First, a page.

Arts are the heart and soul of education, gentling and refining touches that provide a solid foundation for less abstract school subjects.

"The arts appeal to something inside. They allow students to express parts of themselves they couldn't otherwise," said Teresa Corry, Alpine District arts coordinator. (See related story below.)But when harsh realities of education funding come home to roost, arts courses, particularly in elementary schools, may be the first to be offered up on the altar of economy.

Utah is taking steps to entrench the arts as an essential element of basic education, said Charles Stubbs, arts specialist in the State Office of Education. The state's core curriculum includes a requirement for arts education. It has been several years in planning and must be implemented by 1992, he said.

"We are in the process of visiting all 40 districts to see how they are progressing," Stubbs said. "As you might expect, arts are the last aspect of the core curriculum they are working on - with some exceptions."

In 1985, a cooperative project between the state office and the Utah Arts Council gave impetus to arts in the schools by naming model school sites to develop exemplary arts programs.

These schools were selected through an application process to represent a cross-section of the state, Stubbs said, with large and small, urban and rural schools chosen. San Juan District involved all its schools at the outset. Salt Lake, Ogden, Uintah, Alpine and Washington districts chose to begin with one or two schools and have since expanded the programs into additional schools.

In some instances, schools that have been on the program for awhile adopt "sister" schools to share the expertise and experience that have been gained.

Utah may now have the most comprehensively defined arts curriculum in the country, Stubbs said. Specific concepts and objectives have been set for each grade level, and testing will be developed to assure that children are achieving those objectives.

"I think the future for arts in Utah schools is brighter than it has ever been," Stubbs said. "We are the only state in the Union that has specific objectives developed in art, music, dance and drama for all grade levels." Literature is incorporated into language classes.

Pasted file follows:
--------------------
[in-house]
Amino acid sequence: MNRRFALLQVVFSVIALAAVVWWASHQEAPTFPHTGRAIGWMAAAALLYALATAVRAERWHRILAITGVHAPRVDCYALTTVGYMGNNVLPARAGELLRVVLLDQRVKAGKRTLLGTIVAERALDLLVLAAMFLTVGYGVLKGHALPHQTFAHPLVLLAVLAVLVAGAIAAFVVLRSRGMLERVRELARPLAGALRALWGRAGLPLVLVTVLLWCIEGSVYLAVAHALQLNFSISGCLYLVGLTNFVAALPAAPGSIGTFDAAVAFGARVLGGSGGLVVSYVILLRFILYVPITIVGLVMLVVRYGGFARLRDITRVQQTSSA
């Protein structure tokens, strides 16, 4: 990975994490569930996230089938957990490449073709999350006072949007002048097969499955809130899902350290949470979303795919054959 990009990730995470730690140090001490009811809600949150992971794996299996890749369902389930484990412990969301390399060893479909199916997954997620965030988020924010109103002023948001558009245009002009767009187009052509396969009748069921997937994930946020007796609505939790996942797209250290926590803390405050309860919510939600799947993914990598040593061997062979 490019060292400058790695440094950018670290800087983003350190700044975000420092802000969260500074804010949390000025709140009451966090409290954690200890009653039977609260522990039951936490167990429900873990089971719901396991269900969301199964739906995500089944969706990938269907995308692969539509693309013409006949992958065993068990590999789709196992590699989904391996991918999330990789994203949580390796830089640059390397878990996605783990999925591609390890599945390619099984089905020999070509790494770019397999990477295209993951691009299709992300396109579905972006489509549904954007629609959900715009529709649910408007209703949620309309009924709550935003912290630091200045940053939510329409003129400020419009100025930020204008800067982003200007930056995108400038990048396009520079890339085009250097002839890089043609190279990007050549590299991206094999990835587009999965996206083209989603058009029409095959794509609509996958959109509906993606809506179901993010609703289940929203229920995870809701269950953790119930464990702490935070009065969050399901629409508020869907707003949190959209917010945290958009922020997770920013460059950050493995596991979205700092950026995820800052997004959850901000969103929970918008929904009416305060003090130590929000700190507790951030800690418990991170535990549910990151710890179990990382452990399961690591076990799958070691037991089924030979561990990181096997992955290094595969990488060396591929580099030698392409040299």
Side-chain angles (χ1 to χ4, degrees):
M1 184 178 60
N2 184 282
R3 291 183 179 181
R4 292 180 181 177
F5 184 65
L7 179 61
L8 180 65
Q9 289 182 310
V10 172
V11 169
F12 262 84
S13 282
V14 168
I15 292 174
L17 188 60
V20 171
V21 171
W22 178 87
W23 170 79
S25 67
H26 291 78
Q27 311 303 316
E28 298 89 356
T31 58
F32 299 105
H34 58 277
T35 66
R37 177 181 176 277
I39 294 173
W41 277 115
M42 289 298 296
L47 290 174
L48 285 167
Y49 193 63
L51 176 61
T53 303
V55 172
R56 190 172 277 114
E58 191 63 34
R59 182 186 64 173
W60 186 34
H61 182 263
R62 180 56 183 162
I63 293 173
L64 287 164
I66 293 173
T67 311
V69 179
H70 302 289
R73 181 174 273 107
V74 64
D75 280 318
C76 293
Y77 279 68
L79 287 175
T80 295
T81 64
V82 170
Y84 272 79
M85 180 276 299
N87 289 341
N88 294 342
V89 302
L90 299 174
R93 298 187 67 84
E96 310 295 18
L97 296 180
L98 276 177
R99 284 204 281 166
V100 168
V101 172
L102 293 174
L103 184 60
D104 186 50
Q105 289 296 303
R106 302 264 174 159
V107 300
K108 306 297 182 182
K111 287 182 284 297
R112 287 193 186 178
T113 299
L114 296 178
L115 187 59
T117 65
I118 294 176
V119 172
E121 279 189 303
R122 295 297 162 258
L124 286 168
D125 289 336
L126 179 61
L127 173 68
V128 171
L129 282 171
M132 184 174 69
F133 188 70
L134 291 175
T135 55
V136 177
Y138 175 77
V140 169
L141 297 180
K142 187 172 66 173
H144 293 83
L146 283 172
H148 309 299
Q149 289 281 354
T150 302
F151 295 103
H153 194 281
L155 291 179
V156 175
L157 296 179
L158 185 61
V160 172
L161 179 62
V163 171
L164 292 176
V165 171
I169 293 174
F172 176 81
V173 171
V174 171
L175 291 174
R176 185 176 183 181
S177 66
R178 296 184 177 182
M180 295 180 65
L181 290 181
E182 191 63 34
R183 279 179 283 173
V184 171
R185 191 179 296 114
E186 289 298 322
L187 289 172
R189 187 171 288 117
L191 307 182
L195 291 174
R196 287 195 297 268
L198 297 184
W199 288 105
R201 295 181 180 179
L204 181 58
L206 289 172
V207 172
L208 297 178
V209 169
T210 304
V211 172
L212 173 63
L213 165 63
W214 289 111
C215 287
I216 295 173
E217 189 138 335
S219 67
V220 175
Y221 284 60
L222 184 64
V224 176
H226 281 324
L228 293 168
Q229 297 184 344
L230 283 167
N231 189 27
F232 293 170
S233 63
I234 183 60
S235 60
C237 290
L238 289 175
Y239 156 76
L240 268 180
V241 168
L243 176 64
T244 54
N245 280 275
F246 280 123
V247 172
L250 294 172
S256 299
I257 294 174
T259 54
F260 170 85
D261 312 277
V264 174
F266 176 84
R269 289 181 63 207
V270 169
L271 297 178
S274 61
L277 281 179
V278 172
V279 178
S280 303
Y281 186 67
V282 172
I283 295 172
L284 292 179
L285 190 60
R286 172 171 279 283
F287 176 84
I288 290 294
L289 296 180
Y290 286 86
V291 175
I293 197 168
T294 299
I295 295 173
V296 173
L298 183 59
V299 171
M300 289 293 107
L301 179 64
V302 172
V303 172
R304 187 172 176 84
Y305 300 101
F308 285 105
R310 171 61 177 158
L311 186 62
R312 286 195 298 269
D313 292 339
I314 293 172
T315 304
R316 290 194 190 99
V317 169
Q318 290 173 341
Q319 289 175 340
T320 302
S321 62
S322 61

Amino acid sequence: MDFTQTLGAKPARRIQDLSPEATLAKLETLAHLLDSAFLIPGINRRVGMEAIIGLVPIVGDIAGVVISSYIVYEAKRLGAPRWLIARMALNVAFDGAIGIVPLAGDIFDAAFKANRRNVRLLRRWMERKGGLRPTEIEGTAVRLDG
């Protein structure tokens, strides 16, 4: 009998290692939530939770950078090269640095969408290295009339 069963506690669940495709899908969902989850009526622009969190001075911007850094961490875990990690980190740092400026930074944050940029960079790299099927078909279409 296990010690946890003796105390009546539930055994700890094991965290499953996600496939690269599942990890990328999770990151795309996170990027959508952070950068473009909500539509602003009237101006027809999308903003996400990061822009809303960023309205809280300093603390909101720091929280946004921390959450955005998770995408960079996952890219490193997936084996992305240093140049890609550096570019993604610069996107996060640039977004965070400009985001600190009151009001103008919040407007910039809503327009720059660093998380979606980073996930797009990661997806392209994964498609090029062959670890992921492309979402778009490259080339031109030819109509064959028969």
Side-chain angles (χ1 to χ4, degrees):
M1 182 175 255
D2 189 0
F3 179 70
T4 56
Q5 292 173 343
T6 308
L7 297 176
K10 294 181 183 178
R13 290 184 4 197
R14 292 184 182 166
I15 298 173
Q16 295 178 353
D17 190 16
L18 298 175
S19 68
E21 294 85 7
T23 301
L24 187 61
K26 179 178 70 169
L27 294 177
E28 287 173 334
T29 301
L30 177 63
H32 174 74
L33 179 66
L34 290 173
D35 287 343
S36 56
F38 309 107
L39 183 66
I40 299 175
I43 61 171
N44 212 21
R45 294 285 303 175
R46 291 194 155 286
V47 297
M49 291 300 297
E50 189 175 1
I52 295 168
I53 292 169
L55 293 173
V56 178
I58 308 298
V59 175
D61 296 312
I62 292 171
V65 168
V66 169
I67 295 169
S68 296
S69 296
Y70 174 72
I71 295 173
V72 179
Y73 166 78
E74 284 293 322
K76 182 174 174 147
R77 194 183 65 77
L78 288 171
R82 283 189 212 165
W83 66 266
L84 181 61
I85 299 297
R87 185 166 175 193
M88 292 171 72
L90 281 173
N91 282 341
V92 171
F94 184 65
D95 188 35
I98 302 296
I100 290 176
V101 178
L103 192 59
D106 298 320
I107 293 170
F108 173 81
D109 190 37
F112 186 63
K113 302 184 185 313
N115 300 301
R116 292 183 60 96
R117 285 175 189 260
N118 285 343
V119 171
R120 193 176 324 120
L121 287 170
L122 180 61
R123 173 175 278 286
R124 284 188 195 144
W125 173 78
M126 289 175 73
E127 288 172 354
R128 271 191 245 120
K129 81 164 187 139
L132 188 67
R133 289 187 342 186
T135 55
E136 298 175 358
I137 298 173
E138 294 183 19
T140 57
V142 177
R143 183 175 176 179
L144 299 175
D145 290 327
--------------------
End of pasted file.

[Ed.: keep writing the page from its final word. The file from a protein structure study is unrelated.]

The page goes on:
Ideally, he said, the arts would become intrinsic to all areas of study. As more emphasis is placed on the arts, he expects that teachers in other disciplines will look for ways to accomplish that.

The state office is conducting inservice training, Stubbs said, to help school districts implement the arts core curriculum over the next three years. The successful arts projects in the six pilot districts will be shared with others through inservice projects as well.

"One big problem is the cost of materials and supplies - musical instruments, sets of art prints and other items," Stubbs said.

The Legislature has made $117,000 to $125,000 available for the arts each year since 1986. They money has supported the demonstration projects and provided seed money for all the districts, but full implementation of the core curriculum could create a need for more funding.

Successful arts programs are drawing on community resources to supplement what is available in their schools. The Arts Council also has helped to bring visiting artists to the schools and provided other support.

Some districts, particularly small rural districts, also face a dearth of art specialists to teach the prescribed curriculum, Stubbs said. Inservice training from the state office will help to fill gaps, but may leave some unmet needs. The arts could be a logical area for expanded use of tele-learning and technological development, he said.

Primarily, Stubbs said, a change in thinking is necessary to make Utah's arts programs work as effectively as possible. Arts must be seen as an essential part of education, not as a daily crayon-and-paper activity to eke out the last hour of the day.

Fears that devoting time to the arts would adversely affect student work in other academic areas have not proved valid. Students in the six model site districts either improved on standardized test scores or stayed the same, surveys show.